A Year of Feminist Classics

Because they're better together :)

Introduction to The Book of the City of Ladies

I’ve so been looking forward to this book!  I’ve never done a group discussion blog or anything before, though, so I hope you’ll forgive me for being a newbie.

Christine de Pizan (1363-c.1430) was quite a well-known poet in her day.  She was born in Venice, but her father accepted a position at the French court soon after.  Christine grew up in Paris, privileged with with unusual opportunities for self-education, which she pursued with zeal.  She married at 15 and was widowed at 24, at which point she started writing as a professional pursuit in order to support herself and several dependents.  Over a 30-year career, she wrote exclusively in Middle French and moved from ballads and courtly poems to longer works and discussion with literary intellectuals of the time.  She was deeply involved in the “Querelle du Roman de la Rose,” an argument over the merits of of that work, and her Book of the City of Ladies is her answer to that rather misogynistic poem (which I just read!) and other texts that slandered women as weak, morally corrupt, and generally impossible to live with.

In her book, Christine builds an entire metaphorical city out of noble, heroic, or righteous women.  She creates three allegorical women, Reason, Justice, and Rectitude, who engage in a dialogue with her about why women are slandered and how to show that women do not deserve this reputation.  They help her to build the City of Ladies out of stories: first by dismantling literary lies about women, and then by building their city out of stories about great deeds done by women.  Finally they choose a queen for their city, and Christine appeals to her readers to refute the lies of men.

The Book of the City of Ladies was a big deal in 1405, but in the intervening centuries it fell into obscurity–in the English language, at least.  Simone de Beauvoir knew of it, but a modern English translation did not appear until the early 1980’s.  Scholars have brought Christine de Pizan back into prominence over the last few decades, for which I am thankful.  I hope you’ll join us in reading this early defense of women’s rights.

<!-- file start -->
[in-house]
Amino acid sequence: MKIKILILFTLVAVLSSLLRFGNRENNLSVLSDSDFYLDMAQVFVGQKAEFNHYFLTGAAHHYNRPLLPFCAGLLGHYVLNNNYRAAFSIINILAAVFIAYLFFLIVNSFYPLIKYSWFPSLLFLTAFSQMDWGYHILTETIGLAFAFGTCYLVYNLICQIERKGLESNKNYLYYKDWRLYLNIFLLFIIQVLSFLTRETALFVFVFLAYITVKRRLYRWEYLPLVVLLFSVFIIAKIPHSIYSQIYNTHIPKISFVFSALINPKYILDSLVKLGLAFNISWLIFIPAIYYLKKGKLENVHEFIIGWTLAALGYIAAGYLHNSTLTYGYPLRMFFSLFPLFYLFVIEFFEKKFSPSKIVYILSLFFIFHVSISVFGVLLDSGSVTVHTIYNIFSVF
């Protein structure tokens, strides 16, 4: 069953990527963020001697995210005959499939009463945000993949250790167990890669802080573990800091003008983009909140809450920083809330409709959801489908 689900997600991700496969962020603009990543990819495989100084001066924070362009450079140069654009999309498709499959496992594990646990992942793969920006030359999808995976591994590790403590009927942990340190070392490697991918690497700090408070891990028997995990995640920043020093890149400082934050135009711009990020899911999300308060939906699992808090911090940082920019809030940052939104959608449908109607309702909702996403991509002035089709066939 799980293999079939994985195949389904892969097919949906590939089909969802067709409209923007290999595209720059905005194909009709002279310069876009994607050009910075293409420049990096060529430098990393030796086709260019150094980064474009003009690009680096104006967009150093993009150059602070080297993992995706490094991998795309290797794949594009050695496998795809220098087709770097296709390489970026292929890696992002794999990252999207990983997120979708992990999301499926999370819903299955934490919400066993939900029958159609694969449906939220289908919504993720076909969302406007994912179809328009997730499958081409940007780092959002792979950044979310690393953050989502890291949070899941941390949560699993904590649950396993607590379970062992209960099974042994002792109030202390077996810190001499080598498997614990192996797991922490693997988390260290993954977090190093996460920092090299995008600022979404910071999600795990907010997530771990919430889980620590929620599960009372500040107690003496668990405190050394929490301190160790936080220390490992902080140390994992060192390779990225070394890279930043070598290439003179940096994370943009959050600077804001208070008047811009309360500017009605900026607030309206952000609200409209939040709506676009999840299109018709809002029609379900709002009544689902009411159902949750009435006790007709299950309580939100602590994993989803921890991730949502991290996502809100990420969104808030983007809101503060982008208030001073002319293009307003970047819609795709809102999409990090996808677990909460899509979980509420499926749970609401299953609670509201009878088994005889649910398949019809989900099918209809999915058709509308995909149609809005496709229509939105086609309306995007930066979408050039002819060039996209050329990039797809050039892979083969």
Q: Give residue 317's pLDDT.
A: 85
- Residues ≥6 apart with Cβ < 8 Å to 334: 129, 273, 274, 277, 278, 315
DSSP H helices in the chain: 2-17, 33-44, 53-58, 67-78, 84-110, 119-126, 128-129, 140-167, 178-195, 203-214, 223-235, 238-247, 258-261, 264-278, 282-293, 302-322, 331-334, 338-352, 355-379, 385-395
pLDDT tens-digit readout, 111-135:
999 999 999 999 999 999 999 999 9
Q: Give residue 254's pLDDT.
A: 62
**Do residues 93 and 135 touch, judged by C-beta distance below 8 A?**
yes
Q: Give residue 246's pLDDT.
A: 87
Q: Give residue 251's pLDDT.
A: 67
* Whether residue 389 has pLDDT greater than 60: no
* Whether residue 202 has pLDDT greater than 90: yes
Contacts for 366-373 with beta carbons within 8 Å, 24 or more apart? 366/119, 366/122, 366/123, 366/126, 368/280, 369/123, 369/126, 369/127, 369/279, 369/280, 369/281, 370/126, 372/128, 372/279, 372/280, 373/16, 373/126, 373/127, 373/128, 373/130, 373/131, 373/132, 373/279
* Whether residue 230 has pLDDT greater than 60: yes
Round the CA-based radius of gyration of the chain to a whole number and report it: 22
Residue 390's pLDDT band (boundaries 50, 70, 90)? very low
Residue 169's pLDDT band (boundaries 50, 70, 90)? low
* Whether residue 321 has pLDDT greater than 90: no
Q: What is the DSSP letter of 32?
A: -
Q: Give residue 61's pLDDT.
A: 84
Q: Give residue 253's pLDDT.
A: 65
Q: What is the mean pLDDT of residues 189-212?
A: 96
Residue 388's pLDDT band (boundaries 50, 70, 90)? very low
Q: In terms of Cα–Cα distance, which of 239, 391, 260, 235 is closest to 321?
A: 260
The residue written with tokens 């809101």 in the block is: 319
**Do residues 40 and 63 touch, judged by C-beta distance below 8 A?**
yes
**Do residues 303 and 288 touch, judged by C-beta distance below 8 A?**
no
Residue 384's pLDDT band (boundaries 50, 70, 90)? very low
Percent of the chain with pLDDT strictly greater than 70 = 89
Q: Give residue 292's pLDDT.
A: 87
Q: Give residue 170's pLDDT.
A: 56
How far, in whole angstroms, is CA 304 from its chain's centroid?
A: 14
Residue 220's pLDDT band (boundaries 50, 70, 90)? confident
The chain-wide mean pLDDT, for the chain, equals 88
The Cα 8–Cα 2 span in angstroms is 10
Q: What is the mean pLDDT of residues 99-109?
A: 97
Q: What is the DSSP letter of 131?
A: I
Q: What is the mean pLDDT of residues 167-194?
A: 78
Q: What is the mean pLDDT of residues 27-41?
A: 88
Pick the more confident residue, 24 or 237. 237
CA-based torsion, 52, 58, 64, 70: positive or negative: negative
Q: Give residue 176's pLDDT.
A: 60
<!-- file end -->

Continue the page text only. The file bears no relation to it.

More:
12 responses to “Introduction to The Book of the City of Ladies

  1. Emily Jane March 3, 2012 at 11:51 pm

    Wow, I didn’t really know anything about this book before…but it sounds SO AWESOME!!! I’m very excited to read it now 🙂 Thanks for the introduction!

  2. amymckie March 4, 2012 at 5:22 pm

    Ohhh I also didn’t know anything about this book but am extra excited now to read it. Do you by chance have any links to where we can read “Querelle du Roman de la Rose” online?

    • dangermom March 4, 2012 at 8:46 pm

      It’s not a book, it was a discussion/argument (The Quarrel/Debate of the Romance of the Rose). Apparently Christine *started* the discussion by attacking the poem as slanderous, and it turned into an international debate on the status of women.

      I’m not finding a lot of easily-accessible information on it online, but there’s a 2010 book called “Debate of the Romance of the Rose (The Other Voice in Early Modern Europe)” which collects the letters and documents together! It also includes other selections of Christine’s writings. It’s not cheap, but there’s a less-pricey Kindle edition and the first chapter is free. There are also selected pages on Google Books. The book does not seem to be in libraries, so you might not have much luck with an InterLibrary Loan request.

  3. MJ March 14, 2012 at 7:17 pm

    I’m hoping to get a copy of this next week so I can start reading it. It’s one of those books I’ve wanted to read for awhile, so I’m glad it’s part of our 2012 list.

  4. Pingback: The City of Ladies, by Christine De Pizan. « Me, you, and books

  5. mdbrady March 25, 2012 at 11:01 pm

    Yes, DePizan is a feminist, most of the time. I just posted my review on my blog.

  6. Pingback: Gender Focus Reads: The City of Ladies | Gender Focus – A Canadian Feminist Blog

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